When I was first placed on the Harold team, Devil’s Daughter, I did not like the Harold. I thought the openings were stupid, pretentious, whooshy whooshy hogwash. The game slots were just people running around yelling, or worse—“Get in here, Eraserhead babies!” Okay that one’s actually good, but usually, they’re bad. The point is these parts of the form seemed perfunctory and boring.
Let me give an example of how a bad Harold opening goes. The audience gives the suggestion of “carnival”, and everyone rushes to be different parts of a carnival—the carnival barker, the guy throwing baseballs at a pyramid of cans, and so on. And you—panicking, searching for a place to fit in this chaos (all the best spots have been taken already!)—just curl up and become a trashcan. No one knows what you are though, so you say aloud to the audience and to yourself, “I’m a fucking trashcan.”
Or the audience suggests “astronomy”. Immediately, some genius stands in the middle of the stage and says, “A star burning at the center of the solar system.” And someone else starts circling them, saying, “A blue planet rotating around that star.” And someone else says, “A planet with rings rotating round that star.” And by now, you’re already so bored you can hardly breathe, but because it’s required, you mope onto the stage and, with a terrible sigh, say “A gas giant rotating around that star.”
This was my understanding of openings: a dull performance art slog till someone finally euthanizes the miserable thing by saying something like, “Now that’s what I call a hot dog!”
But then a couple months into being a team, we had a rehearsal in which our coach (at the time, it was Ryan Patrick Dolan) was running openings. I think I said something like, “This is boring! I hate openings and game slots! I was told if I got on a team, I’d get to walk onto other people’s scenes as a sex mannequin whenever I want!”
“Why do you think openings are boring?” he asked.
“I never know how to fit into it! Or if I do, it’s because they all came out as planets and then I gotta come out as a planet and it’s boring!”
He thought for a minute and said, “Well, how about instead of doing something boring, you do what you want to be doing.”
Sometimes a piece of advice unlocks way more than intended. I thought about this: do what you want to be doing. It suddenly clicked for me. I didn’t have to be another planet in the solar system. I could be a dead astronaut or a very big boy or I could zoom in on one of those planets to see the sick shit your dad is doing on Mercury. It put me in a different headspace.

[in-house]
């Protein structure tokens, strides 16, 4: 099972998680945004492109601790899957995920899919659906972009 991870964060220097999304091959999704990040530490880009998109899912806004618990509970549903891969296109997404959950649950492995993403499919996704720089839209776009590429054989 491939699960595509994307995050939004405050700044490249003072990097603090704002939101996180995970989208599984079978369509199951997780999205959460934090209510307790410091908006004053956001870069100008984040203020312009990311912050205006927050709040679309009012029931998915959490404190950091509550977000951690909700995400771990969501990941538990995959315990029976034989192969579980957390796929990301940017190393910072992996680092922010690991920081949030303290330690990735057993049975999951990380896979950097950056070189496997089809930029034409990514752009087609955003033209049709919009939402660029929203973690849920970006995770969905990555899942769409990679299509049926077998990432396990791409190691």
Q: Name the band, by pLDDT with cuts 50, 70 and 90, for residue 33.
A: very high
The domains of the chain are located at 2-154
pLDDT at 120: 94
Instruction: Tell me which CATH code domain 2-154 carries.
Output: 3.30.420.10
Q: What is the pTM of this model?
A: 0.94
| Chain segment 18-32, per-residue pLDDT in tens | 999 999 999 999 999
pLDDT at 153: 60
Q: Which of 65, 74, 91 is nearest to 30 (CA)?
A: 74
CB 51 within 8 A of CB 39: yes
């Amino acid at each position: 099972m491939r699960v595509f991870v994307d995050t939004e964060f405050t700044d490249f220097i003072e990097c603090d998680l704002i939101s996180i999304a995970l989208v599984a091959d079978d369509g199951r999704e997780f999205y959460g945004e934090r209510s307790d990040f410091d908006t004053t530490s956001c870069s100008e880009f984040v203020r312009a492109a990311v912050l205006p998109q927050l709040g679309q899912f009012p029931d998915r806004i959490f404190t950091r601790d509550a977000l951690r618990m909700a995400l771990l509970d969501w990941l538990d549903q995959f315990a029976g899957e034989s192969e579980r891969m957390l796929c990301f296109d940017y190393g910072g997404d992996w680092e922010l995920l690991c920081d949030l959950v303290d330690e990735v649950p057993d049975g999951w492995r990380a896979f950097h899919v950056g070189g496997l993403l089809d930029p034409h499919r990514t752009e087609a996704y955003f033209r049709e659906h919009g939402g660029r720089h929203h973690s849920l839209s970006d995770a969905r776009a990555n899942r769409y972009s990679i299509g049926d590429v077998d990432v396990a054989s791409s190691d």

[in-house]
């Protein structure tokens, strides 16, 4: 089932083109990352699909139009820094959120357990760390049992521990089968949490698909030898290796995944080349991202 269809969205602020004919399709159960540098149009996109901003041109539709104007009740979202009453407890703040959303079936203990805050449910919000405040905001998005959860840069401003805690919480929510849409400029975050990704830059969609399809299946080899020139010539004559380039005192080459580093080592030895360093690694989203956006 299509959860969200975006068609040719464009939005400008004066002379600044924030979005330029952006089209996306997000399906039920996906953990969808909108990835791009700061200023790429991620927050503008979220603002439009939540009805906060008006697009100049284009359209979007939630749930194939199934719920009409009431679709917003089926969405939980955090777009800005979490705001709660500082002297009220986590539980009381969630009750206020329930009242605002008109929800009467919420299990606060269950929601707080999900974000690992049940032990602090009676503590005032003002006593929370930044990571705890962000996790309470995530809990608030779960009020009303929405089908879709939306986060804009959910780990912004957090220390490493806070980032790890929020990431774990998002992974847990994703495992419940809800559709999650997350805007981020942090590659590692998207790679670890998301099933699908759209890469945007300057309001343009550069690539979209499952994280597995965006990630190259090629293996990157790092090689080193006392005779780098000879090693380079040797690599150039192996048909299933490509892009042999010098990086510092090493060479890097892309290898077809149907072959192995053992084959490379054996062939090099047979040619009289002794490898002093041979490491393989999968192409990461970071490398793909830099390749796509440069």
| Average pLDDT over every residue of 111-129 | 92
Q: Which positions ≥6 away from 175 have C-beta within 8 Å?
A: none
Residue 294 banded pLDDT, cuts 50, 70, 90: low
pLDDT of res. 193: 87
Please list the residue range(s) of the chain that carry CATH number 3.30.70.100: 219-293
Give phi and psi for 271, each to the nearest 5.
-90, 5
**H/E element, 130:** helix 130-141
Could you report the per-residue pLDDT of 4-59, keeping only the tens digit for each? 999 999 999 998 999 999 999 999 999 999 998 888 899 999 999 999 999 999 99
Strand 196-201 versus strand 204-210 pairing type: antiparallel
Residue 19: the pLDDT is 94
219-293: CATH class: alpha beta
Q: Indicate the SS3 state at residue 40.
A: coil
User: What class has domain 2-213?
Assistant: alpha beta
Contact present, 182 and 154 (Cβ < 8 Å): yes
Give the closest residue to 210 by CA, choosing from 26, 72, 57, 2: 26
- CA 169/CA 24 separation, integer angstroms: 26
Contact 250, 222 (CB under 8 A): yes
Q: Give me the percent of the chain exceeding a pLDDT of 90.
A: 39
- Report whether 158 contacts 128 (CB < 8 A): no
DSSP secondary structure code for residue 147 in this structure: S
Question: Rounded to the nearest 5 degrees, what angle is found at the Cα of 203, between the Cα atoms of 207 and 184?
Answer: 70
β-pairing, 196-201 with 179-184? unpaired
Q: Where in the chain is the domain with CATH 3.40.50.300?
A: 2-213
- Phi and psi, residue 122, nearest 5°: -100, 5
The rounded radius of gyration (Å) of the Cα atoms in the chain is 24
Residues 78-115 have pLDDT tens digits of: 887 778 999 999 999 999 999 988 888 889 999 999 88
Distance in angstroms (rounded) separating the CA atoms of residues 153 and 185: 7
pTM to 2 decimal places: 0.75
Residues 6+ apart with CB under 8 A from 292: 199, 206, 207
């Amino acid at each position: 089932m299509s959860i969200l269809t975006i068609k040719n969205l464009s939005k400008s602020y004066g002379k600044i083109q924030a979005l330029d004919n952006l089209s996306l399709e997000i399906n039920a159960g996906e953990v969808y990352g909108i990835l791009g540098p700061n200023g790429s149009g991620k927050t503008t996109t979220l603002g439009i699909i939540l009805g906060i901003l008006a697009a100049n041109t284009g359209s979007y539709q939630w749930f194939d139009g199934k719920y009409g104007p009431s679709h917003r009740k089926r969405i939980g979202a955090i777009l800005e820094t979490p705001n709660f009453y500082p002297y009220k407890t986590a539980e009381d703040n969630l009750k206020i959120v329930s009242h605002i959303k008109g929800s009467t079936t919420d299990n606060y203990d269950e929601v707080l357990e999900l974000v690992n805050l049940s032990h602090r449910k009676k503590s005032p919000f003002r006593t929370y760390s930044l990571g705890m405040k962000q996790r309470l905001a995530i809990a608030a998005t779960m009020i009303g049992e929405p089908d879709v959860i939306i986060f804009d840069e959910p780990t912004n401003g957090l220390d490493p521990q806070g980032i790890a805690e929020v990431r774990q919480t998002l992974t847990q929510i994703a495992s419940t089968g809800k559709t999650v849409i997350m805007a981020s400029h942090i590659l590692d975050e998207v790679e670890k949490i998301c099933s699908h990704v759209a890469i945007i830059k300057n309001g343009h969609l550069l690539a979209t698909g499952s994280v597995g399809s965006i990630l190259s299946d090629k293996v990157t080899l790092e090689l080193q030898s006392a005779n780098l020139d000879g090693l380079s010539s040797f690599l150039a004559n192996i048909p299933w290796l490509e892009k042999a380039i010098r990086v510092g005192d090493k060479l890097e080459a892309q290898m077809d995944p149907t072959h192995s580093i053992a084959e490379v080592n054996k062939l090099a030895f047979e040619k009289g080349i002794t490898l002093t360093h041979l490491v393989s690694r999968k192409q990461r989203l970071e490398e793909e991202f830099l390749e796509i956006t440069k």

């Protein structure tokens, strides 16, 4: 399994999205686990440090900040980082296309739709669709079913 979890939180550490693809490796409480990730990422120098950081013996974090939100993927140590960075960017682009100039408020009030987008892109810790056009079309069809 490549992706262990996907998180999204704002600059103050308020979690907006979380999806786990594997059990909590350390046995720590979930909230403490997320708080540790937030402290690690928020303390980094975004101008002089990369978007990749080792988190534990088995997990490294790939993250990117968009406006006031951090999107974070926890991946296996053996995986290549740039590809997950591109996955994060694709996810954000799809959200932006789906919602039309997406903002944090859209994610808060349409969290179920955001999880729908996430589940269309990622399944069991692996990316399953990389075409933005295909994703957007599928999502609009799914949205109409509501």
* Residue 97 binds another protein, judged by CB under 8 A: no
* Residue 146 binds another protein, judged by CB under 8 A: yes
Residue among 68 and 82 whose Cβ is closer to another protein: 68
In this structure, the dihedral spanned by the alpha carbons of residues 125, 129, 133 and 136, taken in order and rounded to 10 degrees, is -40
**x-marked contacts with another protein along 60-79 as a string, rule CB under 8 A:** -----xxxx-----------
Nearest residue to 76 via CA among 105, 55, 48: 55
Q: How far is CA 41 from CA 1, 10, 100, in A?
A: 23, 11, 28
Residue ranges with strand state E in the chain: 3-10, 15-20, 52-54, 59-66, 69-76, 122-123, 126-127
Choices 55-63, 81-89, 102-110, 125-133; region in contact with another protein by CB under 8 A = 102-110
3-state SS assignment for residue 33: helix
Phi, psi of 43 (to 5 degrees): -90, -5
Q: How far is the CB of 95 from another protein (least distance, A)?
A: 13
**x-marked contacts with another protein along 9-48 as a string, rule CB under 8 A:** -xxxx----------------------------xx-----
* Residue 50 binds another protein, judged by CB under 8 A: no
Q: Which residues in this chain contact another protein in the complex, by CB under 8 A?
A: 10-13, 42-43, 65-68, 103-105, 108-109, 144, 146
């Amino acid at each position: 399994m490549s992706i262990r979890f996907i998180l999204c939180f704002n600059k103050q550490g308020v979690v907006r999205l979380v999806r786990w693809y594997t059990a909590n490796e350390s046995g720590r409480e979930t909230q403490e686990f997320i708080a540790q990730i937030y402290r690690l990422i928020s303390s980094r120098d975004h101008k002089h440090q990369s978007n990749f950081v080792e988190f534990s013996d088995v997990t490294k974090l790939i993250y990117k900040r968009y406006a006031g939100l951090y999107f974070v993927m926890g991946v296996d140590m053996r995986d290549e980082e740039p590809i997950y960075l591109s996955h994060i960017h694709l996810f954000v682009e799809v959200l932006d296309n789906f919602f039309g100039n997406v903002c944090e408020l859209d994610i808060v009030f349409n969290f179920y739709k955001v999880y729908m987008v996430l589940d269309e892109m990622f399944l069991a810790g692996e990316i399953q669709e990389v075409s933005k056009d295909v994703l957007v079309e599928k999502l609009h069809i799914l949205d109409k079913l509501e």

There’s a way of thinking about improv—and art in general—in which you’re simply trying to do what you’re “supposed” to do. You often end up afraid to step out because you’re worried about “doing it wrong”. This comes from improv classes with a million rules: don’t go for laughs, don’t say “no”, don’t disagree. If you were in a painting class, the rules might be: don’t use this brush for trees, don’t paint a person green, don’t splatter on the canvas. But like with any art form, if you do what you want to be doing, you might have to break those rules--which were really just suggestions anyway.
After this rehearsal, I found I actually really enjoyed openings and game slots, and over time, we figured out exactly what kind of openings and games we liked to do as a team. We kept tinkering with the form to figure out what version of the Harold fit what we wanted to be doing onstage. And thank God because I wasn’t very good at the other version.
Our coach, James Dugan, sometimes side coaches by stopping a scene and asking, “Is this what you want to be doing?” It’s his way of giving the performer an opportunity to check in with themselves—Am I enjoying this? Is this actually what I want to be putting up in front of an audience?—and it’s much more positive than the alternative, which is: “What the fuck are you doing? Don’t do that.” But anyway, it’s good to ask yourself this question, whatever your art form. Just every once and awhile, check in with yourself and ask:
Is this what you want to be doing?
Or are you just doing it because it seems like what you’re supposed to do?
And beyond just improv, are you in a show or on a team because it’s what you want to be doing? Or because it’s just what’s conventionally seen as prestigious?
It’s a much healthier headspace to be in as a performer than constantly worrying about ruining the show or failing to live up to some imaginary expectations.
P.S. I should add one last thing before ending this blog post which is a very big caveat: if the “thing you want to be doing” is saying racist/sexist/homophobic shit or talking over people or walking onto every scene or treating people like garbage—then baby, you’re just an asshole, and that is not what I meant.
If there is one question that I have been asked more than anything else over the past 14 months it’s this: James, how can we know that you are wearing pants on this zoom call? But a close second to that question is:What is Chicago improv going to be like after the pandemic?